Thursday, September 06, 2018

[updwpzxm] Puzzles known to be solvable

Factoring integers and computing discrete logarithms are two types of puzzles in which the person attempting to solve it (the attacker) can know for sure there is a solution, can know for sure that he or she has found the correct solution when found (complexity class NP: checking a candidate solution can be done efficiently), yet the puzzle remains difficult.  What else has these properties?

SAT, for example, does not have these properties: it is difficult to tell if an instance has any solution.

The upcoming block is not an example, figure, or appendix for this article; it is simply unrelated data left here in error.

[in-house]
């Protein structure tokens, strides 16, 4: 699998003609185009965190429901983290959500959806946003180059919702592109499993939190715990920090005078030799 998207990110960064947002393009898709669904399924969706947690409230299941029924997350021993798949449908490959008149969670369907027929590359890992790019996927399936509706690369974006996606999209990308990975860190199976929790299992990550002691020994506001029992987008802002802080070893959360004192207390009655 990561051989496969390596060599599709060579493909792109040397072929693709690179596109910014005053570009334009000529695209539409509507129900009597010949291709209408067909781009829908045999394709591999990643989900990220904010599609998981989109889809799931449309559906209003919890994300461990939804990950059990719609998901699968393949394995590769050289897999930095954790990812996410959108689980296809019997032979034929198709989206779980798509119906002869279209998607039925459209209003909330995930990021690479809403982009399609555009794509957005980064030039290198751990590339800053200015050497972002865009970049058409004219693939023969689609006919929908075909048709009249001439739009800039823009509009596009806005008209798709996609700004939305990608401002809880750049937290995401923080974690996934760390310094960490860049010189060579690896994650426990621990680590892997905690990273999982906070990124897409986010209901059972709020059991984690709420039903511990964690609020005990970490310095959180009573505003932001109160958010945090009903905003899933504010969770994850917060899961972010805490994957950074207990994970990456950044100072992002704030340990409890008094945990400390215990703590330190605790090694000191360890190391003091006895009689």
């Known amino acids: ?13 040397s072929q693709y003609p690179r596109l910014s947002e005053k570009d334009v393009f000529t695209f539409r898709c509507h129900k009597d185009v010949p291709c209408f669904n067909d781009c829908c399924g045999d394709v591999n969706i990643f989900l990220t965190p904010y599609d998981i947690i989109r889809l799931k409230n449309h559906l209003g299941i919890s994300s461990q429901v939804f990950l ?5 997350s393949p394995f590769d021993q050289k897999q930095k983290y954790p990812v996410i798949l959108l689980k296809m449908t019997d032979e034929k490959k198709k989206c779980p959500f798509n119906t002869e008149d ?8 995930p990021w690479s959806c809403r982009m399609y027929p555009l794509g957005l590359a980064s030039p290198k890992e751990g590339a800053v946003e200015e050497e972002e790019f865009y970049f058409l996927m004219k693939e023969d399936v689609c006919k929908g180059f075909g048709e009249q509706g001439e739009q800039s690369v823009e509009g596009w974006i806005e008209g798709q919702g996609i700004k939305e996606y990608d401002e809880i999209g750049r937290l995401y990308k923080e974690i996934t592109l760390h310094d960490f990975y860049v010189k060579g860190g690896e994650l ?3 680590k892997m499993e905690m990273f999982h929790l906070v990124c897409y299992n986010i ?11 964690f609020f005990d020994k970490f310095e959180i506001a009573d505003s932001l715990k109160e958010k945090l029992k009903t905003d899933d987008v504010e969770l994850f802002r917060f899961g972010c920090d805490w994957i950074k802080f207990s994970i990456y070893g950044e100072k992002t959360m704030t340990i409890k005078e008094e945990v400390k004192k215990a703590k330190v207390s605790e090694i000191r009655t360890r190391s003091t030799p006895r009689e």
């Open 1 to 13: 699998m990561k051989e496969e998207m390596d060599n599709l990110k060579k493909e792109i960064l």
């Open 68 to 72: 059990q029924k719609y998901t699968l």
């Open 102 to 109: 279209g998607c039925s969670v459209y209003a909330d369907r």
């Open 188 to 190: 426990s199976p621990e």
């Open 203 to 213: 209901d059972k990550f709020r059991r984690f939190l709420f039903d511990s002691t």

For the RSA problem, can the attacker quickly determine that a given ciphertext number actually is some perfect cube (or perfect 65537th power) mod N?  Actually, I think all ciphertext numbers can be deciphered: the decryption exponent can be applied to any number.

The key recovery problem for a symmetric cipher typically will not have the properties listed above.  Given a plaintext-ciphertext pair, there could be no key which makes it, but an attacker cannot tell.  Maybe the puzzle was miscopied.

For integer discrete logarithm, use a safe prime so that the attacker can quickly verify that the base of the exponentiation is a generator for the finite group.  Is there an analogous procedure for ECC discrete logarithm?

Inspired by futile efforts to solve flawed puzzles which had no solutions.

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